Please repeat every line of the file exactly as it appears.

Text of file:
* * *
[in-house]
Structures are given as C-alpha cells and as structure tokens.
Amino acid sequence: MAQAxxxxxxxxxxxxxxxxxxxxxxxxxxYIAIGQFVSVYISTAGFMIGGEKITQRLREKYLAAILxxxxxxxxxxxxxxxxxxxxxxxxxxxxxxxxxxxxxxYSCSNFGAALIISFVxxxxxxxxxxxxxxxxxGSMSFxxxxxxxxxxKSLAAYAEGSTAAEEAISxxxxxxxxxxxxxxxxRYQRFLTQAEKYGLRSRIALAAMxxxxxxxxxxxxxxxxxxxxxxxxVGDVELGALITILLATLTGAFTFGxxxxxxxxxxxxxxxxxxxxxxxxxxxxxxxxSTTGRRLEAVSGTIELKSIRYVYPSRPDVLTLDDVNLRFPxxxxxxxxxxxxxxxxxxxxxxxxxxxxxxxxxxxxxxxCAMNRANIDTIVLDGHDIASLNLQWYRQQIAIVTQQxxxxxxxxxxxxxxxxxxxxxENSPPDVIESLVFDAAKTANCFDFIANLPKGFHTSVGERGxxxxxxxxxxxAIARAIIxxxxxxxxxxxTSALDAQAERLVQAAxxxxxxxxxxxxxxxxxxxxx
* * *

[in-house]
Structures are given as C-alpha cells and as structure tokens.
Amino acid sequence: MAQAxxxxxxxxxxxxxxxxxxxxxxxxxxYIAIGQFVSVYISTAGFMIGGEKITQRLREKYLAAILxxxxxxxxxxxxxxxxxxxxxxxxxxxxxxxxxxxxxxYSCSNFGAALIISFVxxxxxxxxxxxxxxxxxGSMSFxxxxxxxxxxKSLAAYAEGSTAAEEAISxxxxxxxxxxxxxxxxRYQRFLTQAEKYGLRSRIALAAMxxxxxxxxxxxxxxxxxxxxxxxxVGDVELGALITILLATLTGAFTFGxxxxxxxxxxxxxxxxxxxxxxxxxxxxxxxxSTTGRRLEAVSGTIELKSIRYVYPSRPDVLTLDDVNLRFPxxxxxxxxxxxxxxxxxxxxxxxxxxxxxxxxxxxxxxxCAMNRANIDTIVLDGHDIASLNLQWYRQQIAIVTQQxxxxxxxxxxxxxxxxxxxxxENSPPDVIESLVFDAAKTANCFDFIANLPKGFHTSVGERGxxxxxxxxxxxAIARAIIxxxxxxxxxxxTSALDAQAERLVQAAxxxxxxxxxxxxxxxxxxxxx